The Peloton is the ultimate way to get a class cycling experience from the convenience and comfort of your home. As more people have turned to home cycling workouts, they’re discovering the advantages like variety and competition along with the disadvantages of a heavy cycling routine.
Two common issues for cyclists—chafing and saddle sores—are just as common among Peloton and stationary bicycle users as outdoor cyclists. Good news! Preventative skin care, good hygiene, and the right bike fit can get you back in the saddle and keep you there.
The Painful Truth About Bicycle-Related Chafing and Saddle Sores
The more you use your Peloton, the more likely you are to experience chafing and sores. Let’s give you some background on these two issues.
Chafing comes from friction. As the skin rubs against your workout shorts, skin, and bicycle seat, the friction creates tiny tears in the skin. Heat and perspiration get thrown into the mix, magnifying the problem. The skin then becomes red, raw, and sensitive to touch.
Chafing may occur between the thighs, in the groin, or in the buttocks area. You may go for months without a problem, then suddenly start having chafing issues due to changes in the weather, your clothing, or any other number of small factors.
Saddle Sores 102
Saddle sores are a little different from chafing, though no less painful. The term saddle sores can actually refer to several different and specific painful conditions related to cycling. For this article’s purposes, we’re referring to the small, raised, pink or red, sores that develop in the thigh or groin area.
These sores are basically bacteria-filled pores, similar to a pimple or in-grown hair. The heat, moisture, and friction of cycling can cause and make them worse.
5 Tips to Prevent Saddle Sores and Chafing
You don’t have to give up your live Peloton classes, workouts, or competitions because you can prevent the bad (saddle sores and chafing) to enjoy the good (the Peloton lifestyle).
- Use a Liquid-to-Powder Product as Prevention
Before touching your Peloton, apply a liquid-to-powder product like VitalFit’s Liquid-to-Powder Plus. Liquid-to-powder products apply like a lotion but dry to a powder-like finish, creating a barrier between the skin and bike shorts. The barrier reduces friction and, consequently, chafing and saddle sores. This particular product contains ingredients that reduce irritating bacteria, inflammation, and odor, too.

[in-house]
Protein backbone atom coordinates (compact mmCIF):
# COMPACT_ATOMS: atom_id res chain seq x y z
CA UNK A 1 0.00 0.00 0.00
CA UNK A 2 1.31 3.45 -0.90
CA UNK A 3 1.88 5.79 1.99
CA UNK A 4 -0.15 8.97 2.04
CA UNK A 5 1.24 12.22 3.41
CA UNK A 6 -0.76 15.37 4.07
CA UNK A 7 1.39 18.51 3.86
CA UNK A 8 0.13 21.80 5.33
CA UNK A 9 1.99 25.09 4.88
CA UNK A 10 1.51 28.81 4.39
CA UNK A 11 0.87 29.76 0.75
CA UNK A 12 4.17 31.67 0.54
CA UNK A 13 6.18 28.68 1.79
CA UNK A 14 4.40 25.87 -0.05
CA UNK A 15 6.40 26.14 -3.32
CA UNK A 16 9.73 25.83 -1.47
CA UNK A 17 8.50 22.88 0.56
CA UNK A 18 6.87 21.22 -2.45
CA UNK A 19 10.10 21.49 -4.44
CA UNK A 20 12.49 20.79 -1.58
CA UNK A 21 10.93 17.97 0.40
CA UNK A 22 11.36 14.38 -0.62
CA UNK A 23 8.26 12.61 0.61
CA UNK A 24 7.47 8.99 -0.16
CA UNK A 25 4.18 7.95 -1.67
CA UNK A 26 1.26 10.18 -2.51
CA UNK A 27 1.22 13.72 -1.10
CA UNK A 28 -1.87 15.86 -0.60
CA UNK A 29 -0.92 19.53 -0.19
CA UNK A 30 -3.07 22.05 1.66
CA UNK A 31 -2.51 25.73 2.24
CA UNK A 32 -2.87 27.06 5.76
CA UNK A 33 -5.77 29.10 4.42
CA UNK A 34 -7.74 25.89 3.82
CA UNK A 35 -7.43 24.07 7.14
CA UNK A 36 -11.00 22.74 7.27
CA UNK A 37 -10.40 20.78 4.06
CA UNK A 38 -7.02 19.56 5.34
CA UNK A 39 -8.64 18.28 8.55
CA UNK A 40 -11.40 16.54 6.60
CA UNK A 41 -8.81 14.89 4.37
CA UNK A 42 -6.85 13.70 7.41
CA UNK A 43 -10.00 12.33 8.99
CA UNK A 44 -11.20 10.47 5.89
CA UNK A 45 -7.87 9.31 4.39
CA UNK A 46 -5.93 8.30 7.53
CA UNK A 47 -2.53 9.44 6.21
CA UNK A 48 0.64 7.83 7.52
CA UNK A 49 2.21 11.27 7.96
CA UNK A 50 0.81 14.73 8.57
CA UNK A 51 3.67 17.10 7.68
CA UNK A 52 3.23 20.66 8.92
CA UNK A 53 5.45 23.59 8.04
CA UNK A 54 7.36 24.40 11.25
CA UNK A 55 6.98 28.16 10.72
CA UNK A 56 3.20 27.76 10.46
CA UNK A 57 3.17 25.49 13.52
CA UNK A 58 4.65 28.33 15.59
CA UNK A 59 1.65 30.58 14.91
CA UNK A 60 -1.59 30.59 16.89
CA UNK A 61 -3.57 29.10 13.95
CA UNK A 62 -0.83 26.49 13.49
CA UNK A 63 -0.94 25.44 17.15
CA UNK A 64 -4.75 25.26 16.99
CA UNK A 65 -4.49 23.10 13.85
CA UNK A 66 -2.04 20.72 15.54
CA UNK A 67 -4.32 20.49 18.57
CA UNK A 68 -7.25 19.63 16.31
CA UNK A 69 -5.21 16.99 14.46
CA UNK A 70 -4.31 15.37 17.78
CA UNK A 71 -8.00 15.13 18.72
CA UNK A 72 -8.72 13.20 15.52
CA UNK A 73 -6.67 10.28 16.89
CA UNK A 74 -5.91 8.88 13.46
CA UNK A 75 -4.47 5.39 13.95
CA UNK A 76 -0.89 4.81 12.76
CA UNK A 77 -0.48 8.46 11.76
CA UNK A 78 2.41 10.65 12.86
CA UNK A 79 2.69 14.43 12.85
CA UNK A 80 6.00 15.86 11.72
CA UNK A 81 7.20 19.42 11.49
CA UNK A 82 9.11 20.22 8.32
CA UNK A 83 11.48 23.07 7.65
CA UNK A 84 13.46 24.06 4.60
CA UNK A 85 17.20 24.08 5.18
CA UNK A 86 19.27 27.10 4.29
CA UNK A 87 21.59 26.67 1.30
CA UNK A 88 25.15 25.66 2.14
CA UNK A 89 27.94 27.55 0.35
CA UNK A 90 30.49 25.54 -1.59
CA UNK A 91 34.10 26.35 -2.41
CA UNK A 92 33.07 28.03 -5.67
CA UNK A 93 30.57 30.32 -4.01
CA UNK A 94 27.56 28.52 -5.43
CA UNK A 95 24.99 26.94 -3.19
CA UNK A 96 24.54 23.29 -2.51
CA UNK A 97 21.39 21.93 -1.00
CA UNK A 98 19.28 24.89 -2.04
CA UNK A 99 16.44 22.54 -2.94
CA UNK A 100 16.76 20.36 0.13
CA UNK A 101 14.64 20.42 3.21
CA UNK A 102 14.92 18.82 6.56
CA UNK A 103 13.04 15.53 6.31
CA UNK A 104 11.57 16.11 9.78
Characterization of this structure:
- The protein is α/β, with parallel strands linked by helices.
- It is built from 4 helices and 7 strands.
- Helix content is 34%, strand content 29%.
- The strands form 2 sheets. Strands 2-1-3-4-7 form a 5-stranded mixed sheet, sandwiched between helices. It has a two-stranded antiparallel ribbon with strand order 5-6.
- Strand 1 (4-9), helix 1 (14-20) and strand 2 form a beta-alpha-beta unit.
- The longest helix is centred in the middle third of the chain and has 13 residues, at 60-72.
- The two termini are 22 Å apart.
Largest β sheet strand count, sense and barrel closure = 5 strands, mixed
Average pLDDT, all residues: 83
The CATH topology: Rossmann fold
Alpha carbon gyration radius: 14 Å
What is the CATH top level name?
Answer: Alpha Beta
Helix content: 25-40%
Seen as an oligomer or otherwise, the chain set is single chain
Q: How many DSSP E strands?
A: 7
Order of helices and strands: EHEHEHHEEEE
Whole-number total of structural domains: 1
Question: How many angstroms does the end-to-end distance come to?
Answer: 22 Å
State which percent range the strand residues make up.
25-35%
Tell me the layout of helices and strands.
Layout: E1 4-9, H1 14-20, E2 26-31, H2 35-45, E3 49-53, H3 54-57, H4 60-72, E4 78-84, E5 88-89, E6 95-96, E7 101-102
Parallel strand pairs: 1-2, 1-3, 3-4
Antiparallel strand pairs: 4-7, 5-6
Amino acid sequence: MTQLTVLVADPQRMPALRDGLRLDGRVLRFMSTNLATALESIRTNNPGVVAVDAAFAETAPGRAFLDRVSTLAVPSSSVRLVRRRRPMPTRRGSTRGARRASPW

- Change and Shower ASAP
Tight, hot, moist environments are hard on the skin. Change out of your workout clothes and shower as soon as possible. You may even use a hairdryer on a low heat setting to dry the groin area. Then, give your skin time to breathe.
If you’re already battling chafing, your skin will need healing time, too. Help your skin out by applying a day moisturizer that reduces inflammation and a night moisturizer that promotes healing.
- Check Your Saddle and Bike Fit
Check your saddle height. Too high or too low could contribute to discomfort and chafing. You want a soft bend in the knee when the foot is at the bottom of the stroke.
Not all riders fit the same saddle. Try a seat cover or a traditional bike seat, which might fit your anatomy better than the factory saddle.
- Change Your Bike Shorts
Cyclists wear padded shorts for a reason. Invest in a good pair of padded shorts that fit you well. Look for shorts with few (if any) seams. Even a seam rubbing in the wrong place can cause quick chafing and discomfort.
If you already own padded shorts, check to see how worn out they are. A pulled thread or worn material could cause irritation. In this case, new shorts could make a big difference in your comfort.
- Take a Break
Take two or three days off of the Peloton to give your skin time to heal. One of the great things about Peloton is that cycling workouts aren’t your only option. Their workout library covers an extensive range of mat, weightlifting, and bodyweight workouts.
If chafing continues to be a problem for you, consider alternating your workouts. Instead of cycling four or five days a week, try three days a week, every other day. You can still participate in your favorite live classes, but you’ll give your skin a fighting chance. Find a few favorite non-cycling workouts on Peloton for your off days.
A Final Note
Pelotons and stationary bikes are a great way to stay in shape. With the right equipment, pre-ride preparation, and good hygiene, you can keep chafing and saddle sores to a minimum. Consistent skin care can keep you in the saddle long-term, so you can enjoy the challenge, competition, and thrill that comes with owning a Peloton.